This website uses cookies and similar technologies to understand visitors' experiences. By continuing to use this website, you accept our use of cookies and similar technologies,Terms of Use, and Privacy Policy.

Mar 03 2010 - 11:25 AM
Reporting Education
The New York Times homepage is currently featuring a story on the educational historian Diane Ravitch. While it is exciting to see educational news featured so prominently, after reading the article I don't have a strong sense of what is at stake. I understand that Ravitch left some of the organizations that she was once affiliated with, and I understand that she is questioning some of her own positions. But, I do not understand the significance of this. Instead of articulating what positions Ravitch held and why these positions are significant, and then showing what her new positions are and why they are–or might be–significant, the author associates Ravitch with the right through a description of her 2 year tenure as Assistant Secretary of Education under George H.W. Bush (her work for the Clinton administration is not mentioned) and then associates her somewhat with the left(?) by closing with a description of superintendents applauding her. What are we to make of this; how is a reader to respond to this type of reporting? While I think there is certainly a story here, this article doesn't tell it. Instead, it asks us to draw on half-thoughts and bias to reach generalizations that don't come anywhere near the story that is lurking somewhere in here waiting to be told.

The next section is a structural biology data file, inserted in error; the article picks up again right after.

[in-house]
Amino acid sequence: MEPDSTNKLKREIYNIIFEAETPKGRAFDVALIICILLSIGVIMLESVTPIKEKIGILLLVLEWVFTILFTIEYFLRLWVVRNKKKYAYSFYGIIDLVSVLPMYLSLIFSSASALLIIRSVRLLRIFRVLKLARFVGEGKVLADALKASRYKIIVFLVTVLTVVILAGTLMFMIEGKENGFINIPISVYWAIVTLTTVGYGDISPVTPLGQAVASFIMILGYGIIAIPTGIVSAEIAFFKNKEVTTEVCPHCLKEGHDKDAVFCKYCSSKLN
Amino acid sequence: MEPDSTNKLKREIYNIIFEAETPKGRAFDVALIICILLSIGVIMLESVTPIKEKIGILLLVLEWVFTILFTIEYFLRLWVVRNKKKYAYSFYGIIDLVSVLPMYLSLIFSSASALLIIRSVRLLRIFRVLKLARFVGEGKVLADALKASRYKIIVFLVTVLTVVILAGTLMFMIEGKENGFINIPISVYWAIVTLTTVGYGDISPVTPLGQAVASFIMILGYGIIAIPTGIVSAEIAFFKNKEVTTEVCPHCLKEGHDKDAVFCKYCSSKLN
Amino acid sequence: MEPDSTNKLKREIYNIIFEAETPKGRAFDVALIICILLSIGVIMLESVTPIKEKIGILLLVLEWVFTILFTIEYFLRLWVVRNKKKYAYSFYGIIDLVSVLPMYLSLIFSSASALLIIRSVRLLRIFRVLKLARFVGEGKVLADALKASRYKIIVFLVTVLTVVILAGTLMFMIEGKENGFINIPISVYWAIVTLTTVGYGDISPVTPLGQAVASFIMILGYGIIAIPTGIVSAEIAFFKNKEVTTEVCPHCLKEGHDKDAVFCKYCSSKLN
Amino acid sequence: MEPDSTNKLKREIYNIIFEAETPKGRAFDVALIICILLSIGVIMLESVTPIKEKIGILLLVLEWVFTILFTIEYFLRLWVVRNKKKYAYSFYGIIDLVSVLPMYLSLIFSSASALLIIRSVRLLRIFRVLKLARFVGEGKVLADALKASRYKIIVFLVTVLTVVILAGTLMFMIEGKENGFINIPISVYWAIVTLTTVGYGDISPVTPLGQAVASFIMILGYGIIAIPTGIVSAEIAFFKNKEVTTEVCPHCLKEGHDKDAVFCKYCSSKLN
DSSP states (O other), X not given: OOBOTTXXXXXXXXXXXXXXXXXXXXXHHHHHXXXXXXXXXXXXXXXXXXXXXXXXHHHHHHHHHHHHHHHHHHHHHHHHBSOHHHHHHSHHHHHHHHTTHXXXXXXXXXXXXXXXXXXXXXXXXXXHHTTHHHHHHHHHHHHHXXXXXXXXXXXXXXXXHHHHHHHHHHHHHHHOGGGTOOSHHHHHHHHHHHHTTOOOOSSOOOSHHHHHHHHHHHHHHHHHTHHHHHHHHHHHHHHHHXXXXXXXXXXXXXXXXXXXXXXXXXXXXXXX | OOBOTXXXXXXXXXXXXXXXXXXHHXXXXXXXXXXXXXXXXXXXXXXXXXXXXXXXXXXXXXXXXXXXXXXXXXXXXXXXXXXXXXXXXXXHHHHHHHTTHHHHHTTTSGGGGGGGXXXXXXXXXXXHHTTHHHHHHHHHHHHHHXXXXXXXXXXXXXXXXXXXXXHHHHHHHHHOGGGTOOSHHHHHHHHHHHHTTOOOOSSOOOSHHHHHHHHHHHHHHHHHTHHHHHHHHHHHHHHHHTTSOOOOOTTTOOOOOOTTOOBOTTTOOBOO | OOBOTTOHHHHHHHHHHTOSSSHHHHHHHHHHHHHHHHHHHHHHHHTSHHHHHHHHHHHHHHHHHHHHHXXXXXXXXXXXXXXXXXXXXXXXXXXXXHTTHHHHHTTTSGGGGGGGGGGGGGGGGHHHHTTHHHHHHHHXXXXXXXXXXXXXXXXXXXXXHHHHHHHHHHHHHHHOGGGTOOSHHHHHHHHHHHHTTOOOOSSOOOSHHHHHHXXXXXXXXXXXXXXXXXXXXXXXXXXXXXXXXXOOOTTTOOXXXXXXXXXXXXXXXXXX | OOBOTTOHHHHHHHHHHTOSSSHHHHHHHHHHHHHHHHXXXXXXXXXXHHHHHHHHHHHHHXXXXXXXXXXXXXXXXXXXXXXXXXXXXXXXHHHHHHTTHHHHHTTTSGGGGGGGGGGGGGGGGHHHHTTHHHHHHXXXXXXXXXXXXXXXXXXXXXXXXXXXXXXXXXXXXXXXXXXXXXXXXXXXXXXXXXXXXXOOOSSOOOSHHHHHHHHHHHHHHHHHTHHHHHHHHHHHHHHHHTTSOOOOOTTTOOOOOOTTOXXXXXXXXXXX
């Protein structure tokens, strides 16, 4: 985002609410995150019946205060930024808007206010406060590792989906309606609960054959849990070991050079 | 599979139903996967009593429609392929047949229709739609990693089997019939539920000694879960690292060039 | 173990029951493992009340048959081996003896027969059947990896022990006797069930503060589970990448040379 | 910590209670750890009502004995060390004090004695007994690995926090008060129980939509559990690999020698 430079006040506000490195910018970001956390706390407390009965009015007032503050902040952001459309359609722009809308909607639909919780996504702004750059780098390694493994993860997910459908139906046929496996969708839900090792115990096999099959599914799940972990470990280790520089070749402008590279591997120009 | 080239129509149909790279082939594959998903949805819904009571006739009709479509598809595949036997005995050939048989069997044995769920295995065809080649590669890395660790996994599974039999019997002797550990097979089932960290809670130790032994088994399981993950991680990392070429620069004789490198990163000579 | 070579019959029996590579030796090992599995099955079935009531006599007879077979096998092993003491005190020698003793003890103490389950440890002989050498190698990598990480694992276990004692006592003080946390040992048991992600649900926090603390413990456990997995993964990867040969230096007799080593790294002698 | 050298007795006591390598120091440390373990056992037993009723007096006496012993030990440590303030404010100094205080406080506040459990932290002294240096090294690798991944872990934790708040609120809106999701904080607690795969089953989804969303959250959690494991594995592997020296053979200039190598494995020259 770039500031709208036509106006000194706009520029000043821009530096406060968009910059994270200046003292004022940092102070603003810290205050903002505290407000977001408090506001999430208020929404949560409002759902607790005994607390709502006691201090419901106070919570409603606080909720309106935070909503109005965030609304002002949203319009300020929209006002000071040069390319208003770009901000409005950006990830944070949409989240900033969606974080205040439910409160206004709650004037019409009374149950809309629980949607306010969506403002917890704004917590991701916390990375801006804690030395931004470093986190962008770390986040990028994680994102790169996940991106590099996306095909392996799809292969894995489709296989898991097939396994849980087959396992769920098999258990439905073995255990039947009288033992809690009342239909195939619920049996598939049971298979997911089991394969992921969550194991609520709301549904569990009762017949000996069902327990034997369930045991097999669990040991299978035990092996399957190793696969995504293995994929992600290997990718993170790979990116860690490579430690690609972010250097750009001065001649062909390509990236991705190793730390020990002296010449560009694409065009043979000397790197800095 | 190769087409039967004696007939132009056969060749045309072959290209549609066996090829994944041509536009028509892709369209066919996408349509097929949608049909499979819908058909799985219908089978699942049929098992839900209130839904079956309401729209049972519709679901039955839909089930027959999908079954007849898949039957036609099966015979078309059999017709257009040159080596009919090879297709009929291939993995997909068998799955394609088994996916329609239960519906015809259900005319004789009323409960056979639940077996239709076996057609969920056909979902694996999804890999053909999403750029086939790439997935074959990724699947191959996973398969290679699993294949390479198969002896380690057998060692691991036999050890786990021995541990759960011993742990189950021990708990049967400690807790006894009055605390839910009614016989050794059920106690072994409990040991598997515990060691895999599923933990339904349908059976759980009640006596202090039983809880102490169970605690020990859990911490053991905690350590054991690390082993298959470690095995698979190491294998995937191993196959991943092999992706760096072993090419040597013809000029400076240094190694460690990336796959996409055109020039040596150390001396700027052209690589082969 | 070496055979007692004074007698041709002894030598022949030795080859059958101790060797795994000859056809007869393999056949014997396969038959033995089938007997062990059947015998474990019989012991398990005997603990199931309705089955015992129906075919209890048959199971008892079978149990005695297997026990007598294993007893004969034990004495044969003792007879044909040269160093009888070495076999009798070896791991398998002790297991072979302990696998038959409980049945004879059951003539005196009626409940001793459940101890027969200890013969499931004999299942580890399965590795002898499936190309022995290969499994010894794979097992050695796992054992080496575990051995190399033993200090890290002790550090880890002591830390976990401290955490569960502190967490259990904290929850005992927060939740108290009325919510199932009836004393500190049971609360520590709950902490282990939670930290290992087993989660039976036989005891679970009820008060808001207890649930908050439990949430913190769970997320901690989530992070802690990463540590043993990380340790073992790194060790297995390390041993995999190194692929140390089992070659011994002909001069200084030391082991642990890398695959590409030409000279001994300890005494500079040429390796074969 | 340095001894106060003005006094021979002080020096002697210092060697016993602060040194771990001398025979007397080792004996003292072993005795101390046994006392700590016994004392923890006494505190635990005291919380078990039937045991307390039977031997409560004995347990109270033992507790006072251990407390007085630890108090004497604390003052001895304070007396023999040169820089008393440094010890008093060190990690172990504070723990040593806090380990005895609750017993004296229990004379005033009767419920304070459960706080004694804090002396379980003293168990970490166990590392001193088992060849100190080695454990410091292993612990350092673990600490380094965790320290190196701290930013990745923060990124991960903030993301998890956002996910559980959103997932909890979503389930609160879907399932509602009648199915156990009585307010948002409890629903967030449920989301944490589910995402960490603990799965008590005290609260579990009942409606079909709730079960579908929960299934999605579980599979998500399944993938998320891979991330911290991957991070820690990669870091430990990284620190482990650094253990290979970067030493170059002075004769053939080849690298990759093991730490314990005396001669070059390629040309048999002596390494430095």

Posted in: FYI|By: Jeff Frank|15278 Reads